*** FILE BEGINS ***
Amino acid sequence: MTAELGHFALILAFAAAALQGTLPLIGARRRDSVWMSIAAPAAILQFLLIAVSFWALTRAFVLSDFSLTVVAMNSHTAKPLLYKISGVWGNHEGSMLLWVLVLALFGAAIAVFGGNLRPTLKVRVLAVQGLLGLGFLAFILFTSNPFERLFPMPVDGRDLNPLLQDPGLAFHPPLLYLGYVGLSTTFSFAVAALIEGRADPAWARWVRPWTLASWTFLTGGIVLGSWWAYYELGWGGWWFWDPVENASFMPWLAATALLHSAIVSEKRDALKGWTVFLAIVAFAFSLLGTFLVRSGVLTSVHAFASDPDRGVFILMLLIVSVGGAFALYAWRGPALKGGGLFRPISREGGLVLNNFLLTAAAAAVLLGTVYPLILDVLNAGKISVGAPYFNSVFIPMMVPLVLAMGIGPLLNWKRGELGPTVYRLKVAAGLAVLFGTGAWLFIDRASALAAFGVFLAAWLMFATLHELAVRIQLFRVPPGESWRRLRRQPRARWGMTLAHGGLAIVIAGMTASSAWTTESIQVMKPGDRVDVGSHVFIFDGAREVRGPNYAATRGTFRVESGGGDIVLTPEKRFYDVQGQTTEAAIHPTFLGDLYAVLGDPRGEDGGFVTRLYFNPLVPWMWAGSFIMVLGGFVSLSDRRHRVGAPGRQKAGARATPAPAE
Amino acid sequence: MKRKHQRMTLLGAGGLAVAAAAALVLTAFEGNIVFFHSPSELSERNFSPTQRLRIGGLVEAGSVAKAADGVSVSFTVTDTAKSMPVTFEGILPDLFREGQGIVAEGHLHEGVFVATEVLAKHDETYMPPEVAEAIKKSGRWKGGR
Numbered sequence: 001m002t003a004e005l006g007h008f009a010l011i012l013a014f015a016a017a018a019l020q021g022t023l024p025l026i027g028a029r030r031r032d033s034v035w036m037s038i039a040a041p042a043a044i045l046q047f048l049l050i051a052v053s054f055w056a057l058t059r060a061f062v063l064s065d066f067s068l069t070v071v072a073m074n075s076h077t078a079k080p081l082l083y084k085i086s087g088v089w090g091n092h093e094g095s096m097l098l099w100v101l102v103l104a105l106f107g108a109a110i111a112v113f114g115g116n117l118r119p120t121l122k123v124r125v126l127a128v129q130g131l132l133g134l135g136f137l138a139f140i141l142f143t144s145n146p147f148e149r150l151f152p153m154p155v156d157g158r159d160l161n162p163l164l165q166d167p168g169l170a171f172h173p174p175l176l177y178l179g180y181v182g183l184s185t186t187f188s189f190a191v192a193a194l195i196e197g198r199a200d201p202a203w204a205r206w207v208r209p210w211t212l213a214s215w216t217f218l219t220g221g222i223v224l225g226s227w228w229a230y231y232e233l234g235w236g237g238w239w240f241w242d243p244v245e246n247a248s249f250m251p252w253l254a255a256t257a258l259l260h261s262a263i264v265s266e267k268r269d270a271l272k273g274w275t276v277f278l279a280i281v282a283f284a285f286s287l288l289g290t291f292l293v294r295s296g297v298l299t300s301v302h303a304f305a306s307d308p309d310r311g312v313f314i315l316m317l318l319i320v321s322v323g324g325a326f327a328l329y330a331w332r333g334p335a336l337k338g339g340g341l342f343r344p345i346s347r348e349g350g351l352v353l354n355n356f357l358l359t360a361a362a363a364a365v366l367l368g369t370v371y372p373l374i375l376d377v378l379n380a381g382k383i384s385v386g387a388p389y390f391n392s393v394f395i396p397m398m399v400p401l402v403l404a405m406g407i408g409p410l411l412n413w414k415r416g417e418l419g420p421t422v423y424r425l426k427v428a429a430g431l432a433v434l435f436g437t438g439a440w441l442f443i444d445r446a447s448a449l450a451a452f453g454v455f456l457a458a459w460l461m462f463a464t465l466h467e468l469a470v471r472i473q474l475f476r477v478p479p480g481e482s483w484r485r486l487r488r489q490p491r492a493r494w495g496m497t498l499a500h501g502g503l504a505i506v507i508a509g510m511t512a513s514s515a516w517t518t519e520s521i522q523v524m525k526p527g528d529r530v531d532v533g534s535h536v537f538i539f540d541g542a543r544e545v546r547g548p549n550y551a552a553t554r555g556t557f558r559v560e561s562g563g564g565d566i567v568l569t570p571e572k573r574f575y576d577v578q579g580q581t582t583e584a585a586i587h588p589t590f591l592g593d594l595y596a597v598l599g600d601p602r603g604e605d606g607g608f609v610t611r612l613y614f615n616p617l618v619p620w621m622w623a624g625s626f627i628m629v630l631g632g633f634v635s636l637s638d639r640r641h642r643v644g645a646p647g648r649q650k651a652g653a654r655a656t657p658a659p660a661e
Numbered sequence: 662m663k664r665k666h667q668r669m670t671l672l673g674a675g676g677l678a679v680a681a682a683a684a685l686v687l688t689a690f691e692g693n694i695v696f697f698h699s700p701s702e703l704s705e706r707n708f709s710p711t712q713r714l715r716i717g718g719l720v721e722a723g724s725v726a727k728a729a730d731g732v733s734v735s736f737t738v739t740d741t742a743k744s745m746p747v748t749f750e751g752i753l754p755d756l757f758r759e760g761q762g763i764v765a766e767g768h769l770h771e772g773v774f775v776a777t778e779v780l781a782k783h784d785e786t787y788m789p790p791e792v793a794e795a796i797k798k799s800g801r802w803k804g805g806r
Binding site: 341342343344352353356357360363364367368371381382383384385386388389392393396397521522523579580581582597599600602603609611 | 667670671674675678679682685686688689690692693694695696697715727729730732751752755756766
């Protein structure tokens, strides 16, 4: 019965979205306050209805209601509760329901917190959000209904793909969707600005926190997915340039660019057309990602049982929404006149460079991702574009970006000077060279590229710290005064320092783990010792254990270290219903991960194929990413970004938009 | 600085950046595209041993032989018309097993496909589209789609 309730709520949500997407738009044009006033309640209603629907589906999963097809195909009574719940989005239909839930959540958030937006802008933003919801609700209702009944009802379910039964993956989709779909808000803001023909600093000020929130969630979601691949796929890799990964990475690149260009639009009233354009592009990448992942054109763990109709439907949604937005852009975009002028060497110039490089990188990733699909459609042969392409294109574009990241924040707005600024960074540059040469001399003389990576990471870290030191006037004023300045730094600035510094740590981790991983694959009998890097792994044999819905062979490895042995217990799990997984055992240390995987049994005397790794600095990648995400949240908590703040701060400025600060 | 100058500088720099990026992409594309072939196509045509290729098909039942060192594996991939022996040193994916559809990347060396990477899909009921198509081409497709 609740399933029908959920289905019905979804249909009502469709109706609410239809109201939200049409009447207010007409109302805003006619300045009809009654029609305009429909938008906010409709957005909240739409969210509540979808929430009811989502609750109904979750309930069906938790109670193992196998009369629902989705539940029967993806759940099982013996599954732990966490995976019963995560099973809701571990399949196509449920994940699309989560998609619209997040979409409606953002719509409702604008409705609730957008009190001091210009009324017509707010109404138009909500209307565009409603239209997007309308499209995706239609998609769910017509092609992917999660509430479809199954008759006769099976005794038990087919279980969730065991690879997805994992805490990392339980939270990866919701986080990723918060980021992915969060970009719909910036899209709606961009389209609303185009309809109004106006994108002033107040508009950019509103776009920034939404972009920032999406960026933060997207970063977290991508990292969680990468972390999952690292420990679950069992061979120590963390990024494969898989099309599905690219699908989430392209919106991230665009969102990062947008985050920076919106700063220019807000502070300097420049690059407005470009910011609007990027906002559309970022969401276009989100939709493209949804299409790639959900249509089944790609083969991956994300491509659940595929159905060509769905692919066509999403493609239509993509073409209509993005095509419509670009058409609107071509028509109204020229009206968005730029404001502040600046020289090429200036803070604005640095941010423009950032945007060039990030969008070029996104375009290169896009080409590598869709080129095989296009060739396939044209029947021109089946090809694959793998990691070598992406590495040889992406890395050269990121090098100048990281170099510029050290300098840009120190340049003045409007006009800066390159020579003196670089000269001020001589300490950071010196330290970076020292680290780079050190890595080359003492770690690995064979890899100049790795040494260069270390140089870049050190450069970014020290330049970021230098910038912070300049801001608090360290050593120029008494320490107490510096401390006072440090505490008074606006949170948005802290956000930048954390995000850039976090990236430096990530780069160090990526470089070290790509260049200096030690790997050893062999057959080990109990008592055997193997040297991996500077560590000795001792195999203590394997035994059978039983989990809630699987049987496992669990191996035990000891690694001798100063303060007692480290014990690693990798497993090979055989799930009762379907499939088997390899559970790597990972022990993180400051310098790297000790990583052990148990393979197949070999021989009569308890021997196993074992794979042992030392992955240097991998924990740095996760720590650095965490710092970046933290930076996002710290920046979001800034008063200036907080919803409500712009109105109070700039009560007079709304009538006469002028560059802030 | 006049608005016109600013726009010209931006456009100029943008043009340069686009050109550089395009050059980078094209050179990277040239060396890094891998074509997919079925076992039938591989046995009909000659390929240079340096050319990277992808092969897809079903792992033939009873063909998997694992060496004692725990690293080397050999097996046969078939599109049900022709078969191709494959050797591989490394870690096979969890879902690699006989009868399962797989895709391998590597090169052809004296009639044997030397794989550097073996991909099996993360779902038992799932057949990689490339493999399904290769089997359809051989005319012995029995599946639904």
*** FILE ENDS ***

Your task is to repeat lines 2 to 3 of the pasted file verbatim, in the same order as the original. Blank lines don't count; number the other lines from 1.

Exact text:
Amino acid sequence: MKRKHQRMTLLGAGGLAVAAAAALVLTAFEGNIVFFHSPSELSERNFSPTQRLRIGGLVEAGSVAKAADGVSVSFTVTDTAKSMPVTFEGILPDLFREGQGIVAEGHLHEGVFVATEVLAKHDETYMPPEVAEAIKKSGRWKGGR
Numbered sequence: 001m002t003a004e005l006g007h008f009a010l011i012l013a014f015a016a017a018a019l020q021g022t023l024p025l026i027g028a029r030r031r032d033s034v035w036m037s038i039a040a041p042a043a044i045l046q047f048l049l050i051a052v053s054f055w056a057l058t059r060a061f062v063l064s065d066f067s068l069t070v071v072a073m074n075s076h077t078a079k080p081l082l083y084k085i086s087g088v089w090g091n092h093e094g095s096m097l098l099w100v101l102v103l104a105l106f107g108a109a110i111a112v113f114g115g116n117l118r119p120t121l122k123v124r125v126l127a128v129q130g131l132l133g134l135g136f137l138a139f140i141l142f143t144s145n146p147f148e149r150l151f152p153m154p155v156d157g158r159d160l161n162p163l164l165q166d167p168g169l170a171f172h173p174p175l176l177y178l179g180y181v182g183l184s185t186t187f188s189f190a191v192a193a194l195i196e197g198r199a200d201p202a203w204a205r206w207v208r209p210w211t212l213a214s215w216t217f218l219t220g221g222i223v224l225g226s227w228w229a230y231y232e233l234g235w236g237g238w239w240f241w242d243p244v245e246n247a248s249f250m251p252w253l254a255a256t257a258l259l260h261s262a263i264v265s266e267k268r269d270a271l272k273g274w275t276v277f278l279a280i281v282a283f284a285f286s287l288l289g290t291f292l293v294r295s296g297v298l299t300s301v302h303a304f305a306s307d308p309d310r311g312v313f314i315l316m317l318l319i320v321s322v323g324g325a326f327a328l329y330a331w332r333g334p335a336l337k338g339g340g341l342f343r344p345i346s347r348e349g350g351l352v353l354n355n356f357l358l359t360a361a362a363a364a365v366l367l368g369t370v371y372p373l374i375l376d377v378l379n380a381g382k383i384s385v386g387a388p389y390f391n392s393v394f395i396p397m398m399v400p401l402v403l404a405m406g407i408g409p410l411l412n413w414k415r416g417e418l419g420p421t422v423y424r425l426k427v428a429a430g431l432a433v434l435f436g437t438g439a440w441l442f443i444d445r446a447s448a449l450a451a452f453g454v455f456l457a458a459w460l461m462f463a464t465l466h467e468l469a470v471r472i473q474l475f476r477v478p479p480g481e482s483w484r485r486l487r488r489q490p491r492a493r494w495g496m497t498l499a500h501g502g503l504a505i506v507i508a509g510m511t512a513s514s515a516w517t518t519e520s521i522q523v524m525k526p527g528d529r530v531d532v533g534s535h536v537f538i539f540d541g542a543r544e545v546r547g548p549n550y551a552a553t554r555g556t557f558r559v560e561s562g563g564g565d566i567v568l569t570p571e572k573r574f575y576d577v578q579g580q581t582t583e584a585a586i587h588p589t590f591l592g593d594l595y596a597v598l599g600d601p602r603g604e605d606g607g608f609v610t611r612l613y614f615n616p617l618v619p620w621m622w623a624g625s626f627i628m629v630l631g632g633f634v635s636l637s638d639r640r641h642r643v644g645a646p647g648r649q650k651a652g653a654r655a656t657p658a659p660a661e